What is not clear is just how dire it will be, how long it will last, and how quickly we will recover. In situations like this, where conditions are uncertain and fast-changing, but businesses need to make plans, scenario-based thinking (where a number of possible outcomes are identified, and plans are put in place for each combination of circumstances) becomes more appropriate than outright forecasting. Among others, Dutch multinational banking and financial services corporation ING Group have released four alternative scenarios for the health and economic outlook (link), as follows:
Scenario 1: The base case
- Full lockdowns end by summer, global travel remains restrictive and home-working stays in place but testing and contact tracing enable better management of a second winter spike
- The UK and the Eurozone return to growth by Q3 2020 in a U-shaped recovery
Scenario 2: Winter lockdowns return
- Full lockdowns end by summer but come back in winter 2020, global travel remains restrictive and home-working stays in place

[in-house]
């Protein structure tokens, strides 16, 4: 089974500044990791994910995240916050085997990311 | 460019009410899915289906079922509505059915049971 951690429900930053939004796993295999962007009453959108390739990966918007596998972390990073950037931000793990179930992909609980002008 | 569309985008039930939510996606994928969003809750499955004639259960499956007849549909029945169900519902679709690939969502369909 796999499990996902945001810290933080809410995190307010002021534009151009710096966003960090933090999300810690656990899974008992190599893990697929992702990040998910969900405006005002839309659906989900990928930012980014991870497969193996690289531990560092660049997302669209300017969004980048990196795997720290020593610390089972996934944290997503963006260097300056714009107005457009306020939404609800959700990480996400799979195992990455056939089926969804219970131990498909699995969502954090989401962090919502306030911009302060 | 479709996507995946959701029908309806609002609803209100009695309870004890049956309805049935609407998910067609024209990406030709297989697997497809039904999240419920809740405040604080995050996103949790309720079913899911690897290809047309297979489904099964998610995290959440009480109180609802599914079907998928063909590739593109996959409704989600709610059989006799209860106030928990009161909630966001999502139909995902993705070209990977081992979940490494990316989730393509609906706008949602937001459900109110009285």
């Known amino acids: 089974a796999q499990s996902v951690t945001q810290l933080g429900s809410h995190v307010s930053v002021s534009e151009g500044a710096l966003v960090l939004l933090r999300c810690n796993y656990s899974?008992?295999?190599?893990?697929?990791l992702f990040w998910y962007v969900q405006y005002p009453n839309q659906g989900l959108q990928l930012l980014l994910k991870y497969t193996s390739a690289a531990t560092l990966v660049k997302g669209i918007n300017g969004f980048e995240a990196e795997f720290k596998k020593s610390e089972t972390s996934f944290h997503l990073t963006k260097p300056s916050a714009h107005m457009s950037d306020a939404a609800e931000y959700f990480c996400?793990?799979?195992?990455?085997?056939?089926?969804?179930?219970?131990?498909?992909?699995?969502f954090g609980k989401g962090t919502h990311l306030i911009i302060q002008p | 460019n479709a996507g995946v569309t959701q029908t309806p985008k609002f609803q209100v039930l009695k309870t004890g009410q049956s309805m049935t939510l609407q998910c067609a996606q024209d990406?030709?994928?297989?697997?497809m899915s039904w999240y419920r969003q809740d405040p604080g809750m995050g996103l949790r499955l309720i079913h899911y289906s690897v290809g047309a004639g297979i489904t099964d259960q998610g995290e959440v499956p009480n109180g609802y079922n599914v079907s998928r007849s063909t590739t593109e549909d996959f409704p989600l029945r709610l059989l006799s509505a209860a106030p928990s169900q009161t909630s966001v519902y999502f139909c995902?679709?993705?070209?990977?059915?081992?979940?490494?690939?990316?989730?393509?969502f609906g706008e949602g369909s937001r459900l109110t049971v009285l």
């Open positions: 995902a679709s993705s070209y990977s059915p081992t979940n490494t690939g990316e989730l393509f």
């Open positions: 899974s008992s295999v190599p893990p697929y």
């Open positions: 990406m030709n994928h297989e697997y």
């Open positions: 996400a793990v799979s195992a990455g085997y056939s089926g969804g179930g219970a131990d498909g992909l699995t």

- The UK and the Eurozone return to growth by Q3 2020 but there may be a contraction in Q4 before a second return to growth in Q1 2021
Scenario 3: The ‘best’ case
- Full lockdowns end by summer, global travel and working practices return to near normal
- The UK and the Eurozone return to growth by Q3 2020 in a V-shaped recovery
Scenario 4: The ‘worst’ case
- Lockdowns remain until year end, global travel remains restrictive and home-working stays in place but testing slow to roll out, vaccine still unavailable and immunity found to be short-lived
- The UK and the Eurozone don’t return to growth until Q1 2021
Living with uncertainty